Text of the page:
Volvo picks South Carolina for plant

Updated: 2015-05-12 11:03

By Paul Welitzkin in New York(China Daily USA)

  Print Mail Large Medium  Small 分享按钮 0

Volvo's decision to build its first American factory in South Carolina may only marginally improve the automaker's US sales, according to an industry observer.

Volvo, based in Gothenburg, Sweden, is owned by the Chinese company Zhejiang Geely Holding Group Co, in Hangzhou, Zhejiang province.

On Monday, the company said it would invest $500 million to build a plant that it hopes eventually will employ 4,000 people at the Berkley County site, about 30 miles northwest of Charleston, South Carolina.

Geely purchased Volvo from the Ford Motor Co in 2010. Volvo sold nearly 466,000 vehicles globally last year, but US sales fell about 8 percent to 56,371.

Jay Baron, president and CEO of the Center for Automotive Research in Ann Arbor, Michigan, said a plant in South Carolina will only marginally help sales in the US market.

"Most buyers are not that focused on where vehicles are made," Barron said in an e-mail. "I'm sure Volvo will try to use this location as a marketing attribute for the US, but successful sales will be driven by other factors."

South Carolina is on its way to becoming the "Detroit" of the South, particularly with foreign automakers. BMW built a plant in Greer more than 20 years ago, and Daimler AG is building its Sprinter vans at a plant in Ladson.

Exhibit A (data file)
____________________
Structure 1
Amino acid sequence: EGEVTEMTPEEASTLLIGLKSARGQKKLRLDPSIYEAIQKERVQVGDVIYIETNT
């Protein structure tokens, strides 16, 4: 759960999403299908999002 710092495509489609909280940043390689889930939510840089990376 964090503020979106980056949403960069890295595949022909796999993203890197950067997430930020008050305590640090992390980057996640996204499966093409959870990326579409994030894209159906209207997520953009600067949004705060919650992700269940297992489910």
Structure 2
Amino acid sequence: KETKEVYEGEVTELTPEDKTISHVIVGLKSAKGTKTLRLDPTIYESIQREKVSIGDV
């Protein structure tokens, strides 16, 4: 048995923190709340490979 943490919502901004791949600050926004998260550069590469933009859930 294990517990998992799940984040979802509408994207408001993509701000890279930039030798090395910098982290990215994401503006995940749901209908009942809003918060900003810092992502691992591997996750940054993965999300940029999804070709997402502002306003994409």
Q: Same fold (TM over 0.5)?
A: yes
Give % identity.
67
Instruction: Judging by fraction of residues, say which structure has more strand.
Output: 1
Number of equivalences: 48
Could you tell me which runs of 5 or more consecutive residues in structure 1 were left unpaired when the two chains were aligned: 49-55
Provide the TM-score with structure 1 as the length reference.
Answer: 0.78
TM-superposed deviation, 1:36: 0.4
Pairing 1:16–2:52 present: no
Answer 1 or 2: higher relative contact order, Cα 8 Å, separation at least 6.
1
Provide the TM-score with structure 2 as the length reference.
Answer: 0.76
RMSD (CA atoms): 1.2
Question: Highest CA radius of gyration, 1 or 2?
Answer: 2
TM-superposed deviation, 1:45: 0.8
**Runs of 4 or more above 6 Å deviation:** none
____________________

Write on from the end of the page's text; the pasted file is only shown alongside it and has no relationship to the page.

In addition to South Carolina, Volvo was reportedly looking at sites in Georgia and Mexico. Many observers thought Mexico would get the plant.

"The supply chain in South Carolina is better developed than in Mexico, and this would help with launching a new product so far away from Sweden," said Baron.

"There are many advantages to being in Mexico, so the combination of incentives from the region; an available work force and more mature supply chain are probably the major factors.

"Managing the launch and operation of an assembly plant for a premium car like Volvo will likely be less challenging for Volvo in the US than in Mexico," he said.

Stephanie Brinley, an analyst at IHS Automotive, said the US facility will enable the company to reassure certain US consumers. "The plant will allow them to appeal to US buyers that are concerned about the perception of Volvo being a Chinese-owned company. It will also give them the capacity to produce and sell more vehicles," she said.